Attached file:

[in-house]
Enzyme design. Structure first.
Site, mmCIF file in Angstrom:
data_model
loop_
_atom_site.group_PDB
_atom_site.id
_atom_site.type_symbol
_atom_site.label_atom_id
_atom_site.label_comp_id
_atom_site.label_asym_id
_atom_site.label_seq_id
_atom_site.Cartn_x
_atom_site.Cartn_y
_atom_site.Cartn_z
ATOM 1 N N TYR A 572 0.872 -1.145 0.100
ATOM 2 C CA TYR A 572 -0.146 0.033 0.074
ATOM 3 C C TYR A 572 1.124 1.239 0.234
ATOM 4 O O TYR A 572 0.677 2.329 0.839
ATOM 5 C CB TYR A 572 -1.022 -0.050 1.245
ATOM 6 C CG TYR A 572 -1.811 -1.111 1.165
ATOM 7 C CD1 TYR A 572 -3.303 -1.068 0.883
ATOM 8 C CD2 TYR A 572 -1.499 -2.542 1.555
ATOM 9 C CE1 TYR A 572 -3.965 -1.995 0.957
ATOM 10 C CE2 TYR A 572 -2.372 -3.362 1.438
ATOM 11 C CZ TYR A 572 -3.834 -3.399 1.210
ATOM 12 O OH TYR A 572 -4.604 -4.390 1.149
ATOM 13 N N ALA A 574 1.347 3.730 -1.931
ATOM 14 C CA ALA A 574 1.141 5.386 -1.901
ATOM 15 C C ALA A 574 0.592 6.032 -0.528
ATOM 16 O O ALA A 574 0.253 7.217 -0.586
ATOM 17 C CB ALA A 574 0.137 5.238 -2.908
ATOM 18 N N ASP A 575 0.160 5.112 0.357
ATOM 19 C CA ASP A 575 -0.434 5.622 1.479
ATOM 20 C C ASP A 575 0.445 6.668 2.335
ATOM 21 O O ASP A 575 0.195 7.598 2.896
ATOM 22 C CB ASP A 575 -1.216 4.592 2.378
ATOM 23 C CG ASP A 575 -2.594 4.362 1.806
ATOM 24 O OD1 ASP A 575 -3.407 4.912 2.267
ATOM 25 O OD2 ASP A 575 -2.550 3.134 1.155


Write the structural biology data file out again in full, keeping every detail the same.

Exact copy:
[in-house]
Enzyme design. Structure first.
Site, mmCIF file in Angstrom:
data_model
loop_
_atom_site.group_PDB
_atom_site.id
_atom_site.type_symbol
_atom_site.label_atom_id
_atom_site.label_comp_id
_atom_site.label_asym_id
_atom_site.label_seq_id
_atom_site.Cartn_x
_atom_site.Cartn_y
_atom_site.Cartn_z
ATOM 1 N N TYR A 572 0.872 -1.145 0.100
ATOM 2 C CA TYR A 572 -0.146 0.033 0.074
ATOM 3 C C TYR A 572 1.124 1.239 0.234
ATOM 4 O O TYR A 572 0.677 2.329 0.839
ATOM 5 C CB TYR A 572 -1.022 -0.050 1.245
ATOM 6 C CG TYR A 572 -1.811 -1.111 1.165
ATOM 7 C CD1 TYR A 572 -3.303 -1.068 0.883
ATOM 8 C CD2 TYR A 572 -1.499 -2.542 1.555
ATOM 9 C CE1 TYR A 572 -3.965 -1.995 0.957
ATOM 10 C CE2 TYR A 572 -2.372 -3.362 1.438
ATOM 11 C CZ TYR A 572 -3.834 -3.399 1.210
ATOM 12 O OH TYR A 572 -4.604 -4.390 1.149
ATOM 13 N N ALA A 574 1.347 3.730 -1.931
ATOM 14 C CA ALA A 574 1.141 5.386 -1.901
ATOM 15 C C ALA A 574 0.592 6.032 -0.528
ATOM 16 O O ALA A 574 0.253 7.217 -0.586
ATOM 17 C CB ALA A 574 0.137 5.238 -2.908
ATOM 18 N N ASP A 575 0.160 5.112 0.357
ATOM 19 C CA ASP A 575 -0.434 5.622 1.479
ATOM 20 C C ASP A 575 0.445 6.668 2.335
ATOM 21 O O ASP A 575 0.195 7.598 2.896
ATOM 22 C CB ASP A 575 -1.216 4.592 2.378
ATOM 23 C CG ASP A 575 -2.594 4.362 1.806
ATOM 24 O OD1 ASP A 575 -3.407 4.912 2.267
ATOM 25 O OD2 ASP A 575 -2.550 3.134 1.155